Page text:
Jul 30, 2014

TEMPO Dedicates Tree to Sue Rivard

Former teacher and assistant principal receives the honor.

TEMPO Dedicates Tree to Sue Rivard TEMPO Dedicates Tree to Sue Rivard TEMPO Dedicates Tree to Sue Rivard TEMPO Dedicates Tree to Sue Rivard TEMPO Dedicates Tree to Sue Rivard TEMPO Dedicates Tree to Sue Rivard TEMPO Dedicates Tree to Sue Rivard TEMPO Dedicates Tree to Sue Rivard

More than twelve years ago, the leaders of TEMPO, The Easton Music Parents Organization, decided that they’d like to honor retired teacher and Assistant Principal Sue Rivard with a lasting tribute to the energy and spirit she had always lavished on the student musicians of the Easton public schools.

It took a while, what with getting all of the permissions needed, and then waiting through the extensive renovations and additions to the Oliver Ames High School; but, on a brisk but sunny afternoon on Saturday, on the grounds of the high school, the tree was dedicated to the delight of Sue’s family, friends and colleagues.

George Farrell, former president of TEMPO, and a former student of Sue Rivard when he was in high school, welcomed Sue’s family and friends to the dedication ceremony.

Sue Rivard has been a legend at the high school; decorating her yard at the corner of Lothrop and Sheridan Streets with sheets decorated with messages of congratulations, banners, signs, balloons – all to applaud and welcome home the student musicians and student athletes who would pass by in busses on their way back to the school from games and competitions. She retired in 1999, but has continued to attend every sporting and musical event that she can and still displays her support of the student athletes and musicians on her front lawn.  She noted a friend had attended a performance of Thoroughly Modern Millie, this year’s OA musical, and pronounced it “better than the one I saw on Broadway!”

In her own scholastic days, Sue had been both an athlete and a musician, playing multiple sports as well as the trumpet; and balancing the practice and performance schedules of her music and her sports.  When she began teaching in 1962, as a physical education teacher in the former high school, now the Easton Junior High School, she remembered what it was like to balance athletics and music and she vowed to stay active in support of both.  And she did.  Over the next 37 years, as Sue advanced from teacher, to Dean of Students, to Assistant Principal, hundreds of students marveled at the teacher and friend who seemed to be everywhere … at every sporting event and at every musical performance.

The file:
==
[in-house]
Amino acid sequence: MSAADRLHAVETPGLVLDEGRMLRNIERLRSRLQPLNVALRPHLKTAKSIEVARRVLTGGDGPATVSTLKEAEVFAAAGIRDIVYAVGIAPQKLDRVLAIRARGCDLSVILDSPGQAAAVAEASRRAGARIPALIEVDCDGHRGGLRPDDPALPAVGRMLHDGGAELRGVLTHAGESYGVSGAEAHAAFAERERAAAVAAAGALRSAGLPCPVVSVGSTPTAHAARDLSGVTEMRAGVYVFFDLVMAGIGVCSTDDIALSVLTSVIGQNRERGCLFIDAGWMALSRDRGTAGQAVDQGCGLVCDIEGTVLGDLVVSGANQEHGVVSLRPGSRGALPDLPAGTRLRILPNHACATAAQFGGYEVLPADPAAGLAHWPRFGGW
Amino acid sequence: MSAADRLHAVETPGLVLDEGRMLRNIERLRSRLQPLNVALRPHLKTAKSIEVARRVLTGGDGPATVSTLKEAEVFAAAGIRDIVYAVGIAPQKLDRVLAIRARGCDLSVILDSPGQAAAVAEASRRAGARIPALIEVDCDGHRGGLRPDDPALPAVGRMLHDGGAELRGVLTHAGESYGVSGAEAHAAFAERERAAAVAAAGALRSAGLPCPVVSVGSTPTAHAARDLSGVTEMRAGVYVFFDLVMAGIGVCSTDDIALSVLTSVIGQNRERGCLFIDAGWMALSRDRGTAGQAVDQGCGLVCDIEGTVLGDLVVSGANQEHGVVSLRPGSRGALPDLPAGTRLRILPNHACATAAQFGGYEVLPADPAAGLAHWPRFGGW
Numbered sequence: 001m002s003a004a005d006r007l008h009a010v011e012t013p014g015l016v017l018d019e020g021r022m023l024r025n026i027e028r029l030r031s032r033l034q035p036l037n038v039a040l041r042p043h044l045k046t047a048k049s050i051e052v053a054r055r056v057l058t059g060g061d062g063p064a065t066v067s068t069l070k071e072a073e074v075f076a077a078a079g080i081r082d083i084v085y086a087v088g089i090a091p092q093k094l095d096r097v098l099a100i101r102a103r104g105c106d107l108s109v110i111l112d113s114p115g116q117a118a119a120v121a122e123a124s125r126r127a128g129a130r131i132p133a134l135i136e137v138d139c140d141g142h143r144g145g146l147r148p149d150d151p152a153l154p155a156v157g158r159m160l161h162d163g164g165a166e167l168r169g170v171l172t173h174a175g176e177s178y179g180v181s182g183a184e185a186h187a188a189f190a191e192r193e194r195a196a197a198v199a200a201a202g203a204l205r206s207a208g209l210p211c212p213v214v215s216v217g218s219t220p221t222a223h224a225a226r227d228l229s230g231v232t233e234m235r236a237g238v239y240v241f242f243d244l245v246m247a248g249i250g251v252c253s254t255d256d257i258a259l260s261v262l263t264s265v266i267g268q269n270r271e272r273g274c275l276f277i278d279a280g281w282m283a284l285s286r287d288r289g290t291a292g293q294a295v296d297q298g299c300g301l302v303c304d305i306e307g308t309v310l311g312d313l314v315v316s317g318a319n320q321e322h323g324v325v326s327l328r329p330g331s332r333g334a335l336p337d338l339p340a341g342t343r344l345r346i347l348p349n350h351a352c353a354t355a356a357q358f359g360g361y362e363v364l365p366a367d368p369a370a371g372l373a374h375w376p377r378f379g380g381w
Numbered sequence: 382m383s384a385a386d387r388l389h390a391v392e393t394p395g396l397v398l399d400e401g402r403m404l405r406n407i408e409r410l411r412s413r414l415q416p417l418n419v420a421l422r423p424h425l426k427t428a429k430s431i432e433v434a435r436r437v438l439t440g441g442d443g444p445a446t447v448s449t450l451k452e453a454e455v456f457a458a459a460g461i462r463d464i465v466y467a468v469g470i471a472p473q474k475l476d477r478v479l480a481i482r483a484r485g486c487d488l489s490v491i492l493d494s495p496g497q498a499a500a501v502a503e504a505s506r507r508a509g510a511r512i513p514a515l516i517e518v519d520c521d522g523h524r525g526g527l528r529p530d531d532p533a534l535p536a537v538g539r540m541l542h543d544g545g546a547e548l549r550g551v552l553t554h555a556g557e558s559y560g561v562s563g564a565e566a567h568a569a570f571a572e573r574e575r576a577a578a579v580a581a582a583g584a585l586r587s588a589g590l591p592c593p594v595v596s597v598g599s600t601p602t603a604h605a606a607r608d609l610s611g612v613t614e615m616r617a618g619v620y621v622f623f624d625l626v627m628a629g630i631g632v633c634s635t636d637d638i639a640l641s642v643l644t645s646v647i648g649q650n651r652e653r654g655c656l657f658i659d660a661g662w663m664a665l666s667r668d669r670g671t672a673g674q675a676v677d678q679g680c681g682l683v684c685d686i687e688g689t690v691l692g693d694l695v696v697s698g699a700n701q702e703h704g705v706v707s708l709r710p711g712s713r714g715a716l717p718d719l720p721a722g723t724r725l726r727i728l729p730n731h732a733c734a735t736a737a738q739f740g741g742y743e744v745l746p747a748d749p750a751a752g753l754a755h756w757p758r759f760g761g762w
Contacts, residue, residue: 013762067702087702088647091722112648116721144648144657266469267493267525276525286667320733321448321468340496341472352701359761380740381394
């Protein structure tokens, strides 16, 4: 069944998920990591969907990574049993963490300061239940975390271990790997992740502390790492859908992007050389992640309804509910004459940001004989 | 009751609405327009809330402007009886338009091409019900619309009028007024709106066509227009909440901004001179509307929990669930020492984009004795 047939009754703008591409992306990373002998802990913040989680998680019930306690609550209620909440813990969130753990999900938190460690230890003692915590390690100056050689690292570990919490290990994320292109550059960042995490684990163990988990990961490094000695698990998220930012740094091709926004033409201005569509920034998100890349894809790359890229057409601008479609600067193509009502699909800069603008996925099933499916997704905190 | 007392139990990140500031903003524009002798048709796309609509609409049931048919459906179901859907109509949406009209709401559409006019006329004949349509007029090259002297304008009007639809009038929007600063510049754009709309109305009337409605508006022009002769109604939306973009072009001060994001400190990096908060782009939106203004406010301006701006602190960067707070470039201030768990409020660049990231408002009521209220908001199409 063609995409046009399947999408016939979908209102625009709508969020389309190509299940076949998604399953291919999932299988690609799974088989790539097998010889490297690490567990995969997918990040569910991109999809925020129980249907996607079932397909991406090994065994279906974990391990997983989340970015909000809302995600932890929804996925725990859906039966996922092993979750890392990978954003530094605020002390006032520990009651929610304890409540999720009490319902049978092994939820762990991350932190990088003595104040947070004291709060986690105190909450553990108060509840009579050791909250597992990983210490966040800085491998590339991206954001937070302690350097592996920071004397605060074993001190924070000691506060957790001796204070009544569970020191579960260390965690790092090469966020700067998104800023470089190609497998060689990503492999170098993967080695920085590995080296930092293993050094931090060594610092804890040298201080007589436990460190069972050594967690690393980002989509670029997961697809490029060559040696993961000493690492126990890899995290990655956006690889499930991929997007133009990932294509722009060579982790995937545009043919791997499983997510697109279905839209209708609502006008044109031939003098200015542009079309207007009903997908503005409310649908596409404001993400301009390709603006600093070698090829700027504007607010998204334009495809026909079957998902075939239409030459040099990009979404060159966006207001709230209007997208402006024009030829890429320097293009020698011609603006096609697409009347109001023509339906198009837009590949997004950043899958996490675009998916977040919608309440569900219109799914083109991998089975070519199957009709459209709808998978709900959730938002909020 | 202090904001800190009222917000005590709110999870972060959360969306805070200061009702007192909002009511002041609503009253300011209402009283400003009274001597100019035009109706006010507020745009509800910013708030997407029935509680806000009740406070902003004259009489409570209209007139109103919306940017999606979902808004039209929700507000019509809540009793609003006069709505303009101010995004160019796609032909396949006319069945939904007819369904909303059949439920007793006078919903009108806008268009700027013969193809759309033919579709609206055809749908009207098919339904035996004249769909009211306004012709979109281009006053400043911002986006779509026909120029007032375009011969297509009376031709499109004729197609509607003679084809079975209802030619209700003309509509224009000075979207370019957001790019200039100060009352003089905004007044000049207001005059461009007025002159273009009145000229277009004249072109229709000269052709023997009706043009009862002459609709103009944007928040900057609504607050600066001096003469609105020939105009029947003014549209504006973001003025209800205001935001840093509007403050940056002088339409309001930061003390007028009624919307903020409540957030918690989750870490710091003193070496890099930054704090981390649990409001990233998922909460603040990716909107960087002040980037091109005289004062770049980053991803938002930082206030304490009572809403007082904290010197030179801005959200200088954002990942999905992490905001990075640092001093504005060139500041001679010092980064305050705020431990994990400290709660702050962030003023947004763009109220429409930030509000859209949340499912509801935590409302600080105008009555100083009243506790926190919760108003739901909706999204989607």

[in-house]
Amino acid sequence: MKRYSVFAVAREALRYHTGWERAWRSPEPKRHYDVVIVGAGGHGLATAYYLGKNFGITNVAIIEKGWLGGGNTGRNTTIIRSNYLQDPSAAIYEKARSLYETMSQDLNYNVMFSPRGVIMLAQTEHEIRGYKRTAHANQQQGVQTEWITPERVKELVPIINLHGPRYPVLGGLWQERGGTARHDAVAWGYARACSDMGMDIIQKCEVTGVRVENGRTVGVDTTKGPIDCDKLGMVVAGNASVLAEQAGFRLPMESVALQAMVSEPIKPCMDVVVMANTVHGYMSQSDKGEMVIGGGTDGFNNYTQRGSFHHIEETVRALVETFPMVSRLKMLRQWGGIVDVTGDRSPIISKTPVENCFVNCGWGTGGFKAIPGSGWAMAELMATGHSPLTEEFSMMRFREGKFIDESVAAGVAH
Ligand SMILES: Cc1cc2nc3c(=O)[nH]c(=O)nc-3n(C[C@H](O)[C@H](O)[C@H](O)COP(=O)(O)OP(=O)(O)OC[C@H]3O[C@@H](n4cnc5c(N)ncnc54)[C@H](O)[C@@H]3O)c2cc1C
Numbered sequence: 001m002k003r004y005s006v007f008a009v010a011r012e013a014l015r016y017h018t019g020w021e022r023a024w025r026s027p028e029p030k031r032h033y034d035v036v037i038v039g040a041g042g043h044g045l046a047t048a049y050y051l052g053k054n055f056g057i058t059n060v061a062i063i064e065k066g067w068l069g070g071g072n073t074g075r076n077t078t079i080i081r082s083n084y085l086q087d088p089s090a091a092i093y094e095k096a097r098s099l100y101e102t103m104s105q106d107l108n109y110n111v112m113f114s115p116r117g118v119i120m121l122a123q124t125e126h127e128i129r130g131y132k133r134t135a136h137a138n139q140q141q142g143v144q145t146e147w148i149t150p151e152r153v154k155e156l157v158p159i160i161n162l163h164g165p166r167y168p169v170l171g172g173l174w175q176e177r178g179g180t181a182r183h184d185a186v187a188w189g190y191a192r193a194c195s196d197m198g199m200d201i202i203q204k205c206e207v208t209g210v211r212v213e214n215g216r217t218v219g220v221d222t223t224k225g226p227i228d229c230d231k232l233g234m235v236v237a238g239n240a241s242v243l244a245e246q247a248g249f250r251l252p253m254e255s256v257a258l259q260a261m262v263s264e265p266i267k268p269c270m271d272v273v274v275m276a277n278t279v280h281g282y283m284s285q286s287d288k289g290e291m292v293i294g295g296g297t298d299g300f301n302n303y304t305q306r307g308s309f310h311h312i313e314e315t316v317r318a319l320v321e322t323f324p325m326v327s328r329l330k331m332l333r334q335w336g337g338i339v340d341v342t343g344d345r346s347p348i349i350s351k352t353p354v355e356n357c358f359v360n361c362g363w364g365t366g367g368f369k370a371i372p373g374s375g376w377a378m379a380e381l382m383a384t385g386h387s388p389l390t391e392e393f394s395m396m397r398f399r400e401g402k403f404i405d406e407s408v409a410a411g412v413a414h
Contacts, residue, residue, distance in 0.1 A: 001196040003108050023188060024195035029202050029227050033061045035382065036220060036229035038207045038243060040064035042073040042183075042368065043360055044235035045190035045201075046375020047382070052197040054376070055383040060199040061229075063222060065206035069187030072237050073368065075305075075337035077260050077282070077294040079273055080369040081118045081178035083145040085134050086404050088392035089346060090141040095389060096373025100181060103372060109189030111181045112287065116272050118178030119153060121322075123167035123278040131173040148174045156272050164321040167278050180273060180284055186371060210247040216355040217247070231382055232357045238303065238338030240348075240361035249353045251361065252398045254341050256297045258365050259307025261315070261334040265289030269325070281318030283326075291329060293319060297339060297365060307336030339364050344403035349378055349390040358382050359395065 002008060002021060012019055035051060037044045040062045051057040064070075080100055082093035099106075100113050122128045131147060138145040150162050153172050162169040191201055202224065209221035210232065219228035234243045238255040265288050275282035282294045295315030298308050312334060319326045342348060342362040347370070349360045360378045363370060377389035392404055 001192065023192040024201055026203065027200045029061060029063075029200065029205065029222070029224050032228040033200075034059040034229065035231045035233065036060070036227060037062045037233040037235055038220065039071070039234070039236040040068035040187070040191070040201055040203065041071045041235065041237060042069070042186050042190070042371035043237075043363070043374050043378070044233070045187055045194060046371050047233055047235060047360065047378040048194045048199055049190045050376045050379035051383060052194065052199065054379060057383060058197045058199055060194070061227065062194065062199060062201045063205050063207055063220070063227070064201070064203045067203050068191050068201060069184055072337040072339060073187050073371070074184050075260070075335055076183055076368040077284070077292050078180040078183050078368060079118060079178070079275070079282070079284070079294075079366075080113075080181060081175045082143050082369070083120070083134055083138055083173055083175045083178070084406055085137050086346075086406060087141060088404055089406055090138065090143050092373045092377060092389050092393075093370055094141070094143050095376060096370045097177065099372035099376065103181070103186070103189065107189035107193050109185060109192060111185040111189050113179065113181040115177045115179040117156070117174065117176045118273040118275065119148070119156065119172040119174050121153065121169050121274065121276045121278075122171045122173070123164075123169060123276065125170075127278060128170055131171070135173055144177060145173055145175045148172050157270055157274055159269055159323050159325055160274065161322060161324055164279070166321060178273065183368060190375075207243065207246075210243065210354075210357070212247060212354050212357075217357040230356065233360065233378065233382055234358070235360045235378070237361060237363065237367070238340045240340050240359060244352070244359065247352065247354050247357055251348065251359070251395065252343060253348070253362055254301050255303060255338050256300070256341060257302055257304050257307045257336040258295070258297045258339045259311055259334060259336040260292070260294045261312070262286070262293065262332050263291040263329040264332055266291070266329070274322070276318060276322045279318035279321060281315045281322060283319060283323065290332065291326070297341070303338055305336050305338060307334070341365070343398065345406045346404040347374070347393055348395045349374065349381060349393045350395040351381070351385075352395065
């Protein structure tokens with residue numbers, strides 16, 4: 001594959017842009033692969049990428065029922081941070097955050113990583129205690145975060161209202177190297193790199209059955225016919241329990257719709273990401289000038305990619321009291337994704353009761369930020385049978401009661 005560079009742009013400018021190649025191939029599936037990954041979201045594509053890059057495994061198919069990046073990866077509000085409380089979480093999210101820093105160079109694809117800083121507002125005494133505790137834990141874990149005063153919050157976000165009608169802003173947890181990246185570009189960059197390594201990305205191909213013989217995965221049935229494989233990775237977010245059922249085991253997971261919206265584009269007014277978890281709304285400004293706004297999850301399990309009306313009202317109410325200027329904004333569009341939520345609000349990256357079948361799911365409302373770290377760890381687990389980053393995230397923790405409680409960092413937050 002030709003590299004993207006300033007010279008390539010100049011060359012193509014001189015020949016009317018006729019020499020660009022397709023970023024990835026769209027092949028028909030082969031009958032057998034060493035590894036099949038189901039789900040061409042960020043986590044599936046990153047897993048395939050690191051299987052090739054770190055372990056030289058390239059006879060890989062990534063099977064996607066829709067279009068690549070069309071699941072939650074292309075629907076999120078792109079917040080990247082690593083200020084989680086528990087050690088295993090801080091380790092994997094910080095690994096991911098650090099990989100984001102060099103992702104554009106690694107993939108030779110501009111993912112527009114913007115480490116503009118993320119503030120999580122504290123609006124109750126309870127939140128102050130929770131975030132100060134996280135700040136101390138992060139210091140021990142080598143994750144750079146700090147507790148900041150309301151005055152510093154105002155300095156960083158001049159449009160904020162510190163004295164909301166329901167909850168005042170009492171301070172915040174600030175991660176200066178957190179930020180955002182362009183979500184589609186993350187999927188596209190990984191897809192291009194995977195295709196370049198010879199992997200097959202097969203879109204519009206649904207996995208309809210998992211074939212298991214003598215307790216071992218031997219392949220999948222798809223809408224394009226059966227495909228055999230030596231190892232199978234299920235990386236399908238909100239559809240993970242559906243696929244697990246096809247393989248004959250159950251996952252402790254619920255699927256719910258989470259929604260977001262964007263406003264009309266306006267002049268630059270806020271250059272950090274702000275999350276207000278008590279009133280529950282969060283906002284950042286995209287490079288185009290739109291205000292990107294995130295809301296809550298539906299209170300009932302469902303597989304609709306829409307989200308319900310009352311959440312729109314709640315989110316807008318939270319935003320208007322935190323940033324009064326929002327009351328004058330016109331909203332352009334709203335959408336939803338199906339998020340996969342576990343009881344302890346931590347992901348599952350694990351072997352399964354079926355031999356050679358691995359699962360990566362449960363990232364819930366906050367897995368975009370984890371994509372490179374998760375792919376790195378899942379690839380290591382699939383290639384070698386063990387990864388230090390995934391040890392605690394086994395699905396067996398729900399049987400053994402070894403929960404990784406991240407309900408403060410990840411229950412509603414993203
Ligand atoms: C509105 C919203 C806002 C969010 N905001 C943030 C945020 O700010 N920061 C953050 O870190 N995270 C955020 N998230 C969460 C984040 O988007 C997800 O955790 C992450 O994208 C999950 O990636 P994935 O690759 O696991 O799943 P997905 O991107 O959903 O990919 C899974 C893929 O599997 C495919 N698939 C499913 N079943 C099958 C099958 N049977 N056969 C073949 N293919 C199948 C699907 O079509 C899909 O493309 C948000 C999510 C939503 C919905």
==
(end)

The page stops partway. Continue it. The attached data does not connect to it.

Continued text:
Standing in front of her tree, a seven foot Fraser Fir, Sue reminisced about her days supporting both music and sports.  She spoke of her admiration for both programs, noting that music and sports had continually produced amazingly talented students and championship years with student athletes winning state titles in various sports and band, orchestra and choral groups garnering gold medals and championships in music events around New England.  She noted that the OA Marching Band was honored to have been invited to perform in the national Memorial Day Parade in Washington, D.C.

Charlene Lorion Dalrymple,  OA’s award-winning Music Department Chair and Choral Director, and Elaine “Laney” Clement-Holbrook, OA’s championship girls varsity basketball coach and a biology teacher at OA,  spoke at the dedication.  Dalrymple and Clement-Holbrook remembered the guidance, mentoring and support that Sue Rivard gave them when they began their teaching careers in Easton.  And both educators marveled at Sue’s ability to seemingly be everywhere – at basketball and baseball games; at show choir and marching band competitions, at musicals and concerts – and in the halls of the high school giving students directions and advice.

Along with Sue’s family and friends, Mark Costa – standing in for his wife Lauri, the current TEMPO President, who was out of town -  and Sue Healy, TEMPO Secretary were in attendance to thank Sue for her years of support for all school’s music programs.

Sue Rivard’s tree will stand and grow on the grounds of Oliver Ames High School, a welcoming presence to all who pass by – to students who are athletes, musicians and scholars and their families; to new teachers and seasoned educators; to school administrators and staff.

And just a few hundred yards down Lothrop Street, just as she always has – and for as long as she can - when those students return on their busses from competitions, games and performances, Sue Rivard will be in her yard, waving banners and applauding each and every one.

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